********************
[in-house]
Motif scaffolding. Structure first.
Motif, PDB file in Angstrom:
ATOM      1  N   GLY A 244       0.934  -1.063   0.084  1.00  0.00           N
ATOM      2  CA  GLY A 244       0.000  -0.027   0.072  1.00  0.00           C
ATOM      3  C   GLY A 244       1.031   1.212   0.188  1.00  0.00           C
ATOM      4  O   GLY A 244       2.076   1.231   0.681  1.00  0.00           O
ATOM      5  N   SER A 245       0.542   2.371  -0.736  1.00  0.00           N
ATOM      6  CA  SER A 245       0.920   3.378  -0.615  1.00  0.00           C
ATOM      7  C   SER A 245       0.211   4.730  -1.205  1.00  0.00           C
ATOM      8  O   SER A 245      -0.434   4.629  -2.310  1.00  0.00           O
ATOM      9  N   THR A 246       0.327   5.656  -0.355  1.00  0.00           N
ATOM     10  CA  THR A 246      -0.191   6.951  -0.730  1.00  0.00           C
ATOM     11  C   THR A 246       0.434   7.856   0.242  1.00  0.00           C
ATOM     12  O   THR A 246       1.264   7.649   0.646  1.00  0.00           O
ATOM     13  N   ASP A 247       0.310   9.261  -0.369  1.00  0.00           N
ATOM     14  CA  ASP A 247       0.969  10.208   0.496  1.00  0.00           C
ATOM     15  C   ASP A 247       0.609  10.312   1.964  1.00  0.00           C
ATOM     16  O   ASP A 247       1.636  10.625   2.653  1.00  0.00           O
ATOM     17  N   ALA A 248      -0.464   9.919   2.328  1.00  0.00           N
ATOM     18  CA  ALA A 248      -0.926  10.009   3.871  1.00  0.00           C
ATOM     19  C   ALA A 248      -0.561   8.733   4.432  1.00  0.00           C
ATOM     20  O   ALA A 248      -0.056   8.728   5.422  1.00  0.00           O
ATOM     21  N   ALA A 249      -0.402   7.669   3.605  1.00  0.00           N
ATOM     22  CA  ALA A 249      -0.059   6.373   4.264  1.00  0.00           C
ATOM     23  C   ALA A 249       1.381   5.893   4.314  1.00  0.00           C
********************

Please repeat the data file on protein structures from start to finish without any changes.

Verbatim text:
[in-house]
Motif scaffolding. Structure first.
Motif, PDB file in Angstrom:
ATOM      1  N   GLY A 244       0.934  -1.063   0.084  1.00  0.00           N
ATOM      2  CA  GLY A 244       0.000  -0.027   0.072  1.00  0.00           C
ATOM      3  C   GLY A 244       1.031   1.212   0.188  1.00  0.00           C
ATOM      4  O   GLY A 244       2.076   1.231   0.681  1.00  0.00           O
ATOM      5  N   SER A 245       0.542   2.371  -0.736  1.00  0.00           N
ATOM      6  CA  SER A 245       0.920   3.378  -0.615  1.00  0.00           C
ATOM      7  C   SER A 245       0.211   4.730  -1.205  1.00  0.00           C
ATOM      8  O   SER A 245      -0.434   4.629  -2.310  1.00  0.00           O
ATOM      9  N   THR A 246       0.327   5.656  -0.355  1.00  0.00           N
ATOM     10  CA  THR A 246      -0.191   6.951  -0.730  1.00  0.00           C
ATOM     11  C   THR A 246       0.434   7.856   0.242  1.00  0.00           C
ATOM     12  O   THR A 246       1.264   7.649   0.646  1.00  0.00           O
ATOM     13  N   ASP A 247       0.310   9.261  -0.369  1.00  0.00           N
ATOM     14  CA  ASP A 247       0.969  10.208   0.496  1.00  0.00           C
ATOM     15  C   ASP A 247       0.609  10.312   1.964  1.00  0.00           C
ATOM     16  O   ASP A 247       1.636  10.625   2.653  1.00  0.00           O
ATOM     17  N   ALA A 248      -0.464   9.919   2.328  1.00  0.00           N
ATOM     18  CA  ALA A 248      -0.926  10.009   3.871  1.00  0.00           C
ATOM     19  C   ALA A 248      -0.561   8.733   4.432  1.00  0.00           C
ATOM     20  O   ALA A 248      -0.056   8.728   5.422  1.00  0.00           O
ATOM     21  N   ALA A 249      -0.402   7.669   3.605  1.00  0.00           N
ATOM     22  CA  ALA A 249      -0.059   6.373   4.264  1.00  0.00           C
ATOM     23  C   ALA A 249       1.381   5.893   4.314  1.00  0.00           C